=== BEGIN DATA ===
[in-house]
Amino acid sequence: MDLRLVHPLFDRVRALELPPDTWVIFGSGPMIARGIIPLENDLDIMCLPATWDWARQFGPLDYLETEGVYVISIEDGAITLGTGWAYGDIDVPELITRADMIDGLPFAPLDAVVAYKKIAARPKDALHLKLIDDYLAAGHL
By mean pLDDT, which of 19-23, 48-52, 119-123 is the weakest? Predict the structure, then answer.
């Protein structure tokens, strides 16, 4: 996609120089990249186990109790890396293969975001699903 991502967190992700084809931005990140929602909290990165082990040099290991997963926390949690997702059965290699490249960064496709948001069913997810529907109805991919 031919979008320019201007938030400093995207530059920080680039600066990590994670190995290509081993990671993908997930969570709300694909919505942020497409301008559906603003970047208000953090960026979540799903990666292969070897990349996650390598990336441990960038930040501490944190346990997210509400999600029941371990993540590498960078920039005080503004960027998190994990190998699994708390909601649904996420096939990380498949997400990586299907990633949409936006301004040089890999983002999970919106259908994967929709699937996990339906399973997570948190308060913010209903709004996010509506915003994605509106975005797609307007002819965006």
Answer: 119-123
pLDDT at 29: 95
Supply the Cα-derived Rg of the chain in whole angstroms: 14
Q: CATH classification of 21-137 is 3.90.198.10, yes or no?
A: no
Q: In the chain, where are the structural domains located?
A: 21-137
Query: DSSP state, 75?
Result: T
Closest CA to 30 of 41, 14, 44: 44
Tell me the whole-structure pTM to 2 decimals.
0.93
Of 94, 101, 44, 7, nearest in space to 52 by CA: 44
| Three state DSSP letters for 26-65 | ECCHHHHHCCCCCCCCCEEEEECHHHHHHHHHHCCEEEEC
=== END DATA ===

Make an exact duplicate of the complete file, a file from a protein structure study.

[in-house]
Amino acid sequence: MDLRLVHPLFDRVRALELPPDTWVIFGSGPMIARGIIPLENDLDIMCLPATWDWARQFGPLDYLETEGVYVISIEDGAITLGTGWAYGDIDVPELITRADMIDGLPFAPLDAVVAYKKIAARPKDALHLKLIDDYLAAGHL
By mean pLDDT, which of 19-23, 48-52, 119-123 is the weakest? Predict the structure, then answer.
């Protein structure tokens, strides 16, 4: 996609120089990249186990109790890396293969975001699903 991502967190992700084809931005990140929602909290990165082990040099290991997963926390949690997702059965290699490249960064496709948001069913997810529907109805991919 031919979008320019201007938030400093995207530059920080680039600066990590994670190995290509081993990671993908997930969570709300694909919505942020497409301008559906603003970047208000953090960026979540799903990666292969070897990349996650390598990336441990960038930040501490944190346990997210509400999600029941371990993540590498960078920039005080503004960027998190994990190998699994708390909601649904996420096939990380498949997400990586299907990633949409936006301004040089890999983002999970919106259908994967929709699937996990339906399973997570948190308060913010209903709004996010509506915003994605509106975005797609307007002819965006």
Answer: 119-123
pLDDT at 29: 95
Supply the Cα-derived Rg of the chain in whole angstroms: 14
Q: CATH classification of 21-137 is 3.90.198.10, yes or no?
A: no
Q: In the chain, where are the structural domains located?
A: 21-137
Query: DSSP state, 75?
Result: T
Closest CA to 30 of 41, 14, 44: 44
Tell me the whole-structure pTM to 2 decimals.
0.93
Of 94, 101, 44, 7, nearest in space to 52 by CA: 44
| Three state DSSP letters for 26-65 | ECCHHHHHCCCCCCCCCEEEEECHHHHHHHHHHCCEEEEC